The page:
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  • Wells Fargo fails fair lending test due to "discriminatory and illegal" credit practices

    Late last year, as the fallout from the fake account scandal at Wells Fargo was still in full force, rumors began to circulate that the bank could be facing another regulatory smackdown due to reportedly failing to meet its requirements under the Community Reinvestment Act. And Tuesday, the other shoe dropped, as the bank disclosed that it did indeed fail to meet its CRA requirements.

GOP presidential race heats up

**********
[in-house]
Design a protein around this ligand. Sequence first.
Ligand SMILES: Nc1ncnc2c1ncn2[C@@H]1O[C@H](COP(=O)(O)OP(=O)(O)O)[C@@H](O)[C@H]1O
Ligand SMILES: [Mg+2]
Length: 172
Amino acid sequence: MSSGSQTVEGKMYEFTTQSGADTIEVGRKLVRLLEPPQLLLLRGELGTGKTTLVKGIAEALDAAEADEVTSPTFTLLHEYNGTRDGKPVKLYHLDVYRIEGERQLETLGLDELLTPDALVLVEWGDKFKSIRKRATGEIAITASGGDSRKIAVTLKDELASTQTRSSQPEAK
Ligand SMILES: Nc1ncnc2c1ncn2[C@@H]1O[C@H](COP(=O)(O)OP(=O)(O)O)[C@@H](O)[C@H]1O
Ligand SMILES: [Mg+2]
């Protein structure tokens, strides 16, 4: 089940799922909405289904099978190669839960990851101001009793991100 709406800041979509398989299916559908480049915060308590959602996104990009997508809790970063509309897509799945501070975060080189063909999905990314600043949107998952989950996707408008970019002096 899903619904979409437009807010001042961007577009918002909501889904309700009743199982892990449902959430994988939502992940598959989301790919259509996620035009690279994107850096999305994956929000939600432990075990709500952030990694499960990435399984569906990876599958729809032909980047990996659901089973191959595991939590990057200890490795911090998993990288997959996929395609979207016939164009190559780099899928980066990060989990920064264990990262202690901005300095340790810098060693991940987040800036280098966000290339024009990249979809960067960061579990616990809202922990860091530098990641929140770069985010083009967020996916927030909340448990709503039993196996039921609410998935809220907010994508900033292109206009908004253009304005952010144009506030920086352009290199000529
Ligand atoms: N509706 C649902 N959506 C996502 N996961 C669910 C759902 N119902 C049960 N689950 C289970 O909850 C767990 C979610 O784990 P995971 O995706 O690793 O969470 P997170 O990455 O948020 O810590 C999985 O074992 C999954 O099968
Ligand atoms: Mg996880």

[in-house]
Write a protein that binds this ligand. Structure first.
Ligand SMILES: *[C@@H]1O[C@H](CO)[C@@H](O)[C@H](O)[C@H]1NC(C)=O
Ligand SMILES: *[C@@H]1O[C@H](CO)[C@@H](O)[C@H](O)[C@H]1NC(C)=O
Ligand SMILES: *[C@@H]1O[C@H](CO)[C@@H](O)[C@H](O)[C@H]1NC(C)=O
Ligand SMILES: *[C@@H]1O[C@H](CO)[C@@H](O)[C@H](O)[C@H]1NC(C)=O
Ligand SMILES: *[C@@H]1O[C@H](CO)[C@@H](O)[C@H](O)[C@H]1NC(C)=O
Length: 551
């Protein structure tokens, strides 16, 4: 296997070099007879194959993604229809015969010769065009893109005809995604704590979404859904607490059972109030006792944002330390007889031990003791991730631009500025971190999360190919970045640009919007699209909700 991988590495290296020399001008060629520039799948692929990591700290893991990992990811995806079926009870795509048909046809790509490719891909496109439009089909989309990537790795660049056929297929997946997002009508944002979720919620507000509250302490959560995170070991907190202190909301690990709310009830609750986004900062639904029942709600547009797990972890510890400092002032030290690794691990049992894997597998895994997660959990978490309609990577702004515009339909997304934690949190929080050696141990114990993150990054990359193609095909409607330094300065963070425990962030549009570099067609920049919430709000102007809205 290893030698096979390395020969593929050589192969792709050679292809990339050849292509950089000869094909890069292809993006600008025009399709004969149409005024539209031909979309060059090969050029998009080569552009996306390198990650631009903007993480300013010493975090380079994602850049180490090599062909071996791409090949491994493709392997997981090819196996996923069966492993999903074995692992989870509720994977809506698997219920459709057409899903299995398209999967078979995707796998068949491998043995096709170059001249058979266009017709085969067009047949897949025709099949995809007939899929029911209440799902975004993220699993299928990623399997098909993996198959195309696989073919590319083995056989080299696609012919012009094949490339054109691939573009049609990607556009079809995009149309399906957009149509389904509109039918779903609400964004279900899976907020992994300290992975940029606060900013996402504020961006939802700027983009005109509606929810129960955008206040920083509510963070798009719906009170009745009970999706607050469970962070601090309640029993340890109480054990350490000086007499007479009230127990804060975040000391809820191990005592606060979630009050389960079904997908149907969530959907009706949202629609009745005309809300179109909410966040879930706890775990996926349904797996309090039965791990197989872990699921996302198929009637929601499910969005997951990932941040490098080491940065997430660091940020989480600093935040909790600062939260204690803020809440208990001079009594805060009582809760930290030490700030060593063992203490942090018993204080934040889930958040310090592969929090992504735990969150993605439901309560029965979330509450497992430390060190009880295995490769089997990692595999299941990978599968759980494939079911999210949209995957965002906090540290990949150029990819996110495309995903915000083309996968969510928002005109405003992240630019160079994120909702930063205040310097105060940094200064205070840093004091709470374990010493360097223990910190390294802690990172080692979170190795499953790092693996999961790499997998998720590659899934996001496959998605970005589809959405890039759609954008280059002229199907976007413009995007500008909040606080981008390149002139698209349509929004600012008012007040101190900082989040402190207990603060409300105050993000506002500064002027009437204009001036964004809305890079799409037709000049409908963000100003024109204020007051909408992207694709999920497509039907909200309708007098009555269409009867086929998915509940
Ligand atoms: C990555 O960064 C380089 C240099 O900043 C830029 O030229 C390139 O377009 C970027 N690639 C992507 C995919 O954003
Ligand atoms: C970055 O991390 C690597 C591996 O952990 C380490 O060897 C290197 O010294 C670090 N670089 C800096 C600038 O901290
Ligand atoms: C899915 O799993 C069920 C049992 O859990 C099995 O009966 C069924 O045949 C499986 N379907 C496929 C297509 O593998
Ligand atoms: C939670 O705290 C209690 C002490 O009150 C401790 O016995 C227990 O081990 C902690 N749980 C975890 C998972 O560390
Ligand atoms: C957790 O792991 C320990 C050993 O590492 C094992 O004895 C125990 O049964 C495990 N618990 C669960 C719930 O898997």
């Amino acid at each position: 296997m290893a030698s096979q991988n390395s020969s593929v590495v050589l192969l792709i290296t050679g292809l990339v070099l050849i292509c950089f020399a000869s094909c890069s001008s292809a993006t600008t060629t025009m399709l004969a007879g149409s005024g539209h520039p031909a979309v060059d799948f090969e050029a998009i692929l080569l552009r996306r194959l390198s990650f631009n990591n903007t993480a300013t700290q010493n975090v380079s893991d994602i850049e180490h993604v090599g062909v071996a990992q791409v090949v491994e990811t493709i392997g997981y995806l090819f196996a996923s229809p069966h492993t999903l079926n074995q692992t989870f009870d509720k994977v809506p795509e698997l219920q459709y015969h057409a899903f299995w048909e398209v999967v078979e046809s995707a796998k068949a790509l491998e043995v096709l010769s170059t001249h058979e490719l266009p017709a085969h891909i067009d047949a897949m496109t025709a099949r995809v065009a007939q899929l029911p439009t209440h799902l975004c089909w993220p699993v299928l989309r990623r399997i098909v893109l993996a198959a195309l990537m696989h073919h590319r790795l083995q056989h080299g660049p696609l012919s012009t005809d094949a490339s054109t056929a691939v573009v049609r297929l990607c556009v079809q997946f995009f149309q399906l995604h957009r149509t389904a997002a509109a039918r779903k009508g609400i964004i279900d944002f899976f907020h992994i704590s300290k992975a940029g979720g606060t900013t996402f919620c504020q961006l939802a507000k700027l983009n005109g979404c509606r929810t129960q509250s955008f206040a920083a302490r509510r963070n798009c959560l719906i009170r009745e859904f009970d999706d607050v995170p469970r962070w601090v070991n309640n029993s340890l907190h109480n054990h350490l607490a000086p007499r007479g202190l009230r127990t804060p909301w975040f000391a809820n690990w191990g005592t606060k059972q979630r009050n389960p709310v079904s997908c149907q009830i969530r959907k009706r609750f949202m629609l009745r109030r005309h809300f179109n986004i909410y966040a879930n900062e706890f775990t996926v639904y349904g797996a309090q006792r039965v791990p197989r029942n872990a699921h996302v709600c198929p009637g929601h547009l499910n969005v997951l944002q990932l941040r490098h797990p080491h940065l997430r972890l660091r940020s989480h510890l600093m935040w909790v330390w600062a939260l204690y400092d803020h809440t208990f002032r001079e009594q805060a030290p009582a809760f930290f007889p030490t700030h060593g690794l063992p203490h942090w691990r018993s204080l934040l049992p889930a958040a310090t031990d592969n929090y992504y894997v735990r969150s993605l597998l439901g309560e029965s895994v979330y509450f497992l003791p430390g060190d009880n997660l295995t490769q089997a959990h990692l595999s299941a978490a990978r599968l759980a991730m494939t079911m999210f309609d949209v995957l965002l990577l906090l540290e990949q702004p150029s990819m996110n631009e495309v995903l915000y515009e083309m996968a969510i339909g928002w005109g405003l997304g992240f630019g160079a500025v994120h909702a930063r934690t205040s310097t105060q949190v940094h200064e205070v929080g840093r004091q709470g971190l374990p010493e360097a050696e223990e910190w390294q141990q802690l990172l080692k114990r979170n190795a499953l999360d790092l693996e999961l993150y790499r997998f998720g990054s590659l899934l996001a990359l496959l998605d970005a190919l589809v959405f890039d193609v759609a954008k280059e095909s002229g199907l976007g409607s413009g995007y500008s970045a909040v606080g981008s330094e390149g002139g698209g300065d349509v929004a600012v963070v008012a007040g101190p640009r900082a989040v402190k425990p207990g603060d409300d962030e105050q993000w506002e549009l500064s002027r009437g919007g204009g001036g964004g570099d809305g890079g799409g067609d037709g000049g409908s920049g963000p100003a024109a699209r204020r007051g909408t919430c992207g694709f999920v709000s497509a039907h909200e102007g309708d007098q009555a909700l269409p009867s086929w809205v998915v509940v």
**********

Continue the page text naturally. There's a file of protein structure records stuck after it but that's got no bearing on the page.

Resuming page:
HousingWire's Morning Radar provides a look at what's trending across media outlets nationwide. GOP presidential race heats up: With Rick Santorum's star rising after a strong showing in Iowa, the relatively unknown conservative will be guaranteed tons of media attention to fill out the week. The New York Times notes that he's playing catch-up to Mitt Romney's well-oiled political machine in New Hampshire while CNN notes that the road for Santorum may get tougher while analysts talk about where the fractured party goes from here. The Washington Post said the biggest question heading to New Hampshire is whether Newt Gingrich, obliterated by negative ads in Iowa, would go after Romney with fangs bared. Whether any of the candidates will get serious about talking about how to fix the ailing housing market going forward remains to be seen. Richard Cordray and the CFPB: Expect more follow-up from multiple media outlets on President Obama's recess appointment of Richard Cordray to head the Consumer Financial Protection Bureau, a move that infuriated Republicans. The Wall Street Journal reports that Obama's decision could result in delays to Senate confirmations of two recently announced appointees to the Federal Reserve Board, two Senate Republican leadership aides said. Read Ezra Klein's Wonkblog in The Washington Post for a fuller view on just who Richard Cordray is. Ghost-hunting market news with a bit of politicking: Finally, we close this inaugural Morning Radar with Bill Gross, the manager of PIMCO, the world's largest bond fund, who sounds like a Wall Street ghost-hunter in his latest investment letter, according to Reuters. Calling the market environment "paranormal," Gross said 2012 will be characterized by "credit and zero-bound interest rate risk" and less incentives for lenders to extend credit. Now onto the politics: Gross said on CNN's Erin Burnett show Wednesday night that he favors Obama for president, but in terms of what Republican candidate most interests him, he named Ron Paul. That will certainly get people talking. --- Kerry Curry

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